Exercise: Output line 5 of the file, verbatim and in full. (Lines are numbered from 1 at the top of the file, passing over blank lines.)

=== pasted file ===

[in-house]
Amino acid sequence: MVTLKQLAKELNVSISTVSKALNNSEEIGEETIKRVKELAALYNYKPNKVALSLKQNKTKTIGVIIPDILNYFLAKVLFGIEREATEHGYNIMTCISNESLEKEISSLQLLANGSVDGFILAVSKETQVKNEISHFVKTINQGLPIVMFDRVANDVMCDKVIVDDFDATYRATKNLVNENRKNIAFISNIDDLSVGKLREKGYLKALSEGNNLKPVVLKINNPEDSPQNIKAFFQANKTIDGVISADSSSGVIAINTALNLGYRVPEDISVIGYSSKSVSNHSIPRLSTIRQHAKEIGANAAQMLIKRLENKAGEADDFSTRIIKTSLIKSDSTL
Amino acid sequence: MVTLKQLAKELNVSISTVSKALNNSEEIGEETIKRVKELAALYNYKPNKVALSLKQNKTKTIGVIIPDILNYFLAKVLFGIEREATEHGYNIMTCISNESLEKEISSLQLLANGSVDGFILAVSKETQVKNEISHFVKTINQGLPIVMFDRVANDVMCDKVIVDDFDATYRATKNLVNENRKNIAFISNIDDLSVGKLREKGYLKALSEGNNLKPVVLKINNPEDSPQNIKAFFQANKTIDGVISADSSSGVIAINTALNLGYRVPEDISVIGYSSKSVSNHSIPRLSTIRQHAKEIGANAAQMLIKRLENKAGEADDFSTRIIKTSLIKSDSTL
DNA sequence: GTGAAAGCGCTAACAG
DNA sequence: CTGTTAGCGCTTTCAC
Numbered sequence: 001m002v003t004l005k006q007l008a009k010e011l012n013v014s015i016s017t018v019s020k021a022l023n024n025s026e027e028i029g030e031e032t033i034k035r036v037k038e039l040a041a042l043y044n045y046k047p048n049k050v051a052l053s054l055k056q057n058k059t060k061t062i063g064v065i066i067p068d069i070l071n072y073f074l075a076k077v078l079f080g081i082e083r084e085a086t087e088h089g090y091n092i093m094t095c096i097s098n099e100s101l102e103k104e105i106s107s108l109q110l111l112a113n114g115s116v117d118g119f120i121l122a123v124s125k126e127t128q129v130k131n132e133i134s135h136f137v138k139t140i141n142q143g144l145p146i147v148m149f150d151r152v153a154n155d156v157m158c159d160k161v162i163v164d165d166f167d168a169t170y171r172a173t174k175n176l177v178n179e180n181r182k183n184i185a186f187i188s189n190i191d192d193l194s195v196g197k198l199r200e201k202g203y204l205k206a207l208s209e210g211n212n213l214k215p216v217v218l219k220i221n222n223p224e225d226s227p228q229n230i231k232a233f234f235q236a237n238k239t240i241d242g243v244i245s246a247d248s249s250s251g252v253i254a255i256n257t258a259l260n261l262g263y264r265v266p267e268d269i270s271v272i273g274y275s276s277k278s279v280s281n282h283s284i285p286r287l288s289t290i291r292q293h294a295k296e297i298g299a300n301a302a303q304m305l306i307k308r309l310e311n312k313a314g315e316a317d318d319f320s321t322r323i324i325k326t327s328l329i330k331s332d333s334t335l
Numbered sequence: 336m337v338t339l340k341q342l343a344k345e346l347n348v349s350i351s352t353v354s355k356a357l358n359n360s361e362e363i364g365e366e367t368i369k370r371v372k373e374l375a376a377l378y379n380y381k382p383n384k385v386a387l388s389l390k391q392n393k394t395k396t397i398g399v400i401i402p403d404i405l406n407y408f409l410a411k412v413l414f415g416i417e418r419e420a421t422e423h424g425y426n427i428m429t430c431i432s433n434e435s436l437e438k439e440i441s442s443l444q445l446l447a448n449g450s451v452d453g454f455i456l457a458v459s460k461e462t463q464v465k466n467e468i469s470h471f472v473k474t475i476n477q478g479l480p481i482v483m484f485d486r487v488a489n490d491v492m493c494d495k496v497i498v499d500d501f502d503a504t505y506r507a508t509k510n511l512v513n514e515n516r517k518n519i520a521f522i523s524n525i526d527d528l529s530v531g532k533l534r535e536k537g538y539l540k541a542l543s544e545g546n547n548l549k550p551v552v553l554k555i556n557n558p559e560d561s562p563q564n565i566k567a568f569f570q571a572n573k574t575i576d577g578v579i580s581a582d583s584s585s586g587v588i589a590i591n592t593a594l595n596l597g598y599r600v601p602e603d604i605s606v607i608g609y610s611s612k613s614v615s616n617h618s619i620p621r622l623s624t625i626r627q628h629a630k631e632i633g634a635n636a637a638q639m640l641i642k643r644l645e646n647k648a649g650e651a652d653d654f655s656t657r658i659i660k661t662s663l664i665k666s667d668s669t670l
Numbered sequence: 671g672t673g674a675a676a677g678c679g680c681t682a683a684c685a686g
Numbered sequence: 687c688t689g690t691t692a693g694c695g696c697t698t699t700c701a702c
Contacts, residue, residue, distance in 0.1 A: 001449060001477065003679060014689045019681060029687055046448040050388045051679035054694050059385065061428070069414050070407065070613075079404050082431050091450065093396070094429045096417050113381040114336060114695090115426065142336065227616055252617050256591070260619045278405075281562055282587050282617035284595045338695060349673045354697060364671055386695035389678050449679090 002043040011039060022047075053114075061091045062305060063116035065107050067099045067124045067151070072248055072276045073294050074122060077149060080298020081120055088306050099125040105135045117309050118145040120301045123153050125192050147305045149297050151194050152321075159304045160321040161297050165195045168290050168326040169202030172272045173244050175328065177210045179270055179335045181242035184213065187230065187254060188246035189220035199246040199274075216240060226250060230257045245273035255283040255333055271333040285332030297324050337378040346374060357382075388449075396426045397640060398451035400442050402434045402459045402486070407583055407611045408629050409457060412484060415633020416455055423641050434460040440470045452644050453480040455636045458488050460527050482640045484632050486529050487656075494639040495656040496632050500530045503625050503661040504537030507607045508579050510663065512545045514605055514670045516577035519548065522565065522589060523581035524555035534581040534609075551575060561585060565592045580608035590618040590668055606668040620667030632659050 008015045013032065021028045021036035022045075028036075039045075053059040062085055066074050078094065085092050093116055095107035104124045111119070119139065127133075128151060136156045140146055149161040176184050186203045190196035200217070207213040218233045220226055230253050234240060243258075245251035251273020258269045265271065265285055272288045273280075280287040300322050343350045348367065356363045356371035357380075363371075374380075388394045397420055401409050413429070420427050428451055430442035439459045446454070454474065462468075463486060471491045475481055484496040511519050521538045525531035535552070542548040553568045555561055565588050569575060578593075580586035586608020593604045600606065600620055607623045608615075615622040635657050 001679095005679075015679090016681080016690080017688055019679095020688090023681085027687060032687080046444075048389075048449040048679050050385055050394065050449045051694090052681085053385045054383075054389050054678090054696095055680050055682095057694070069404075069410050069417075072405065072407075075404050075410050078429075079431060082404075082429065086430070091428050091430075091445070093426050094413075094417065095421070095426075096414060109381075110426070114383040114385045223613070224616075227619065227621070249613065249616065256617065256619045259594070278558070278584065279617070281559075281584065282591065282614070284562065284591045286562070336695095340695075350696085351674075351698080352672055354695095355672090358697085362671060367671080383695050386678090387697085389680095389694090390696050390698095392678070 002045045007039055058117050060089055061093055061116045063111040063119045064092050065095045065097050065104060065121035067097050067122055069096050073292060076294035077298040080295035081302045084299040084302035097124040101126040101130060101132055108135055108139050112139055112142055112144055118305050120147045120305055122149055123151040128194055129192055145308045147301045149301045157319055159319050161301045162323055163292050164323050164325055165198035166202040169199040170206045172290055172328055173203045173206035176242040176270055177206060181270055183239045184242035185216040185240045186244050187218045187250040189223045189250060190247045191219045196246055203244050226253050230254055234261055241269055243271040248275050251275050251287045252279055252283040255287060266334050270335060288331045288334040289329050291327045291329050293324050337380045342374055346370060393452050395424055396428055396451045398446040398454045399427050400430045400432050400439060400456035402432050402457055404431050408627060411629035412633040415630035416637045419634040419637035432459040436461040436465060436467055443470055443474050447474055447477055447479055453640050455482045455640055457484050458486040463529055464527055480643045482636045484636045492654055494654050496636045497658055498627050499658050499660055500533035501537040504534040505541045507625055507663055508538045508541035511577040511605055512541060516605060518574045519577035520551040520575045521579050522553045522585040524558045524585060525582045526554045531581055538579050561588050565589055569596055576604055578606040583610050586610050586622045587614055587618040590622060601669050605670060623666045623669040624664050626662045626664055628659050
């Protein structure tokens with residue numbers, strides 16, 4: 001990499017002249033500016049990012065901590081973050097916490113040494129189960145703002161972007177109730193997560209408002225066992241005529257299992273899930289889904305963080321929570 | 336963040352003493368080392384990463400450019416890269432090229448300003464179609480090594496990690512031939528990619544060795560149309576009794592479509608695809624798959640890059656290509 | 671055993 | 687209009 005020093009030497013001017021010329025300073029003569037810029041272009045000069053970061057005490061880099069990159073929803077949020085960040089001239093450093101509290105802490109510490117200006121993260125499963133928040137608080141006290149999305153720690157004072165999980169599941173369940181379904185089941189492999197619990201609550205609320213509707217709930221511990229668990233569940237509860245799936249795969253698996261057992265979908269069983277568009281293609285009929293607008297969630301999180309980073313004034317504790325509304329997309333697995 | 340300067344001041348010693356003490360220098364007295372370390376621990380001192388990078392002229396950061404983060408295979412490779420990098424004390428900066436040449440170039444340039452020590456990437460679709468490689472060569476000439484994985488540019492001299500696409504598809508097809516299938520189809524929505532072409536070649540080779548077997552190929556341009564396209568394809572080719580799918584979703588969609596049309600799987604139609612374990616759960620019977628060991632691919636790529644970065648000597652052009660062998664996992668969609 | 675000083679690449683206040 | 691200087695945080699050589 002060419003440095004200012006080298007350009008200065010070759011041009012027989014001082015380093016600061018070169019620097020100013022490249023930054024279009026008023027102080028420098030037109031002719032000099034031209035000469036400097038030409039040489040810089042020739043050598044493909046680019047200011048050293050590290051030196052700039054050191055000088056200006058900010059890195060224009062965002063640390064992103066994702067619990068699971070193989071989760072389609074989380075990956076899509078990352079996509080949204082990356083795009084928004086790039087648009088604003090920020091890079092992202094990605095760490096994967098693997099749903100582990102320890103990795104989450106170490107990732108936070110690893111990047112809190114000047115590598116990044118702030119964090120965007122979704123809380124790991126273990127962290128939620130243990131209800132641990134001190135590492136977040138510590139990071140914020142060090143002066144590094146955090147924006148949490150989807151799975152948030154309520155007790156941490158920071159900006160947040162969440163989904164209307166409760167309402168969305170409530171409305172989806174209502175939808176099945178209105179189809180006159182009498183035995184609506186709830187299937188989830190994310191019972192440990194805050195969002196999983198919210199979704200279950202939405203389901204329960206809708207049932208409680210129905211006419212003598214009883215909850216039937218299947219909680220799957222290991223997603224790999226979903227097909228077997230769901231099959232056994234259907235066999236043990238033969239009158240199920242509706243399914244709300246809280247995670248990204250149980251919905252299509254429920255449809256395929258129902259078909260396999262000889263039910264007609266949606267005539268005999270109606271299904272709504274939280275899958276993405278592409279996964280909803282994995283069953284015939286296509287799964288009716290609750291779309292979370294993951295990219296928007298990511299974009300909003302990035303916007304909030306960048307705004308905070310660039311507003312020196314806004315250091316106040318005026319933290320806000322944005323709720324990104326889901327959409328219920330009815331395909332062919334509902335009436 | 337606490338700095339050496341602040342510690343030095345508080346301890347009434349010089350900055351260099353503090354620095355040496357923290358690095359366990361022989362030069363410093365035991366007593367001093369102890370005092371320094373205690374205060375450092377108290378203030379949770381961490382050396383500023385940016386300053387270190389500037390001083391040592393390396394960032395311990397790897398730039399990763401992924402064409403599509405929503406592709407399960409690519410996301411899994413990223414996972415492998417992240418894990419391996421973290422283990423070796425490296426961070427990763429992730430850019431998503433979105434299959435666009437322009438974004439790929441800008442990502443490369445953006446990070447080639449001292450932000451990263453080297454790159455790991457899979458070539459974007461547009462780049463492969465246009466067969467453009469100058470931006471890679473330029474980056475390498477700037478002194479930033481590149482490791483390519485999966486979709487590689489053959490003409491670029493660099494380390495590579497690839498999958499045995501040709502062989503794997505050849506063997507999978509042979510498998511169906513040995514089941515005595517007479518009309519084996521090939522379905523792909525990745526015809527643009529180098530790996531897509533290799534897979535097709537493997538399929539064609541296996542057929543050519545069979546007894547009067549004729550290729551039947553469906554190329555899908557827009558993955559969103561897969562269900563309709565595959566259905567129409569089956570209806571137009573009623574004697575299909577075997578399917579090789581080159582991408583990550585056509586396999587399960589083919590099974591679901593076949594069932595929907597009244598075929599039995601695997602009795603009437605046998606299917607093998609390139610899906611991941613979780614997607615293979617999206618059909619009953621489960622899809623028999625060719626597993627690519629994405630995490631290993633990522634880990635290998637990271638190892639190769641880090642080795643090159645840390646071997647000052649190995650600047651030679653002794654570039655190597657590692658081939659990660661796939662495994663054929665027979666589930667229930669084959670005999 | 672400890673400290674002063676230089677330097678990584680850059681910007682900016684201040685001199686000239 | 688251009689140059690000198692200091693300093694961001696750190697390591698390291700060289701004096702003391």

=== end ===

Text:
DNA sequence: CTGTTAGCGCTTTCAC